Background Results from retrospective studies suggest that use of neuromuscular blocking agents during generalanaesthesia might be linked to postoperative pulmonary complications. We therefore aimed to assess whether the useof neuromuscular blocking agents is associated with postoperative pulmonary complications.Methods We did a multicentre, prospective observational cohort study. Patients were recruited from 211 hospitals in28 European countries. We included patients (aged ≥18 years) who received general anaesthesia for any in-hospitalprocedure except cardiac surgery. Patient characteristics, surgical and anaesthetic details, and chart review at dischargewere prospectively collected over 2 weeks. Additionally, each patient underwent postoperative physical examinationwithin 3 days of surgery to check for adverse pulmonary events. The study outcome was the incidence of postoperativepulmonary complications from the end of surgery up to postoperative day 28. Logistic regression analyses wereadjusted for surgical factors and patients’ preoperative physical status, providing adjusted odds ratios (ORadj) andadjusted absolute risk reduction (ARRadj). This study is registered with ClinicalTrials.gov, number NCT01865513.Findings Between June 16, 2014, and April 29, 2015, data from 22803 patients were collected. The use of neuromuscularblocking agents was associated with an increased incidence of postoperative pulmonary complications in patients whohad undergone general anaesthesia (1658 [7·6%] of 21694); ORadj 1·86, 95% CI 1·53–2·26; ARRadj –4·4%, 95% CI–5·5 to –3·2). Only 2·3% of high-risk surgical patients and those with adverse respiratory profiles were anaesthetisedwithout neuromuscular blocking agents. The use of neuromuscular monitoring (ORadj 1·31, 95% CI 1·15–1·49;ARRadj –2·6%, 95% CI –3·9 to –1·4) and the administration of reversal agents (1·23, 1·07–1·41; –1·9%, –3·2 to –0·7)were not associated with a decreased risk of postoperative pulmonary complications. Neither the choice of sugammadexinstead of neostigmine for reversal (ORadj 1·03, 95% CI 0·85–1·25; ARRadj –0·3%, 95% CI –2·4 to 1·5) nor extubation ata train-of-four ratio of 0·9 or more (1·03, 0·82–1·31; –0·4%, –3·5 to 2·2) was associated with better pulmonary outcomes.Interpretation We showed that the use of neuromuscular blocking drugs in general anaesthesia is associated with anincreased risk of postoperative pulmonary complications. Anaesthetists must balance the potential benefits ofneuromuscular blockade against the increased risk of postoperative pulmonary complications.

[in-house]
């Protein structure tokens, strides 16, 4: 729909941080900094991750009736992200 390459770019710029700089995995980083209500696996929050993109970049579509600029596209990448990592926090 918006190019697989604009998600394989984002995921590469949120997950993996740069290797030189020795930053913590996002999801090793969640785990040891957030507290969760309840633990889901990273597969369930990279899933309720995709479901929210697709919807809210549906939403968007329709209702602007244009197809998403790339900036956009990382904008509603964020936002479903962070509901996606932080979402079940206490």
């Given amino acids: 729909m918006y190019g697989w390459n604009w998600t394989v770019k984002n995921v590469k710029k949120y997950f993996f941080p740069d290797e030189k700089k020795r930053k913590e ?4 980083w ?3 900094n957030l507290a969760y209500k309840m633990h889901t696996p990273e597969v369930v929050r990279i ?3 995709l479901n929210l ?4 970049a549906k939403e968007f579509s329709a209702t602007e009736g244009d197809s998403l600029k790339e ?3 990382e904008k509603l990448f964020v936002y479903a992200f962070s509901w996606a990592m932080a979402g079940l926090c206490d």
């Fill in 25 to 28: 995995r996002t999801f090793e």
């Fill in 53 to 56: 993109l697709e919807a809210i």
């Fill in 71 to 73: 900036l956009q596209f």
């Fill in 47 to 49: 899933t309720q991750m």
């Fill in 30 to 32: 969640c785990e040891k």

|Numero di pagine||12|
|Rivista||The Lancet Respiratory Medicine|
|Stato di pubblicazione||Published - 2019|
All Science Journal Classification (ASJC) codes
- Pulmonary and Respiratory Medicine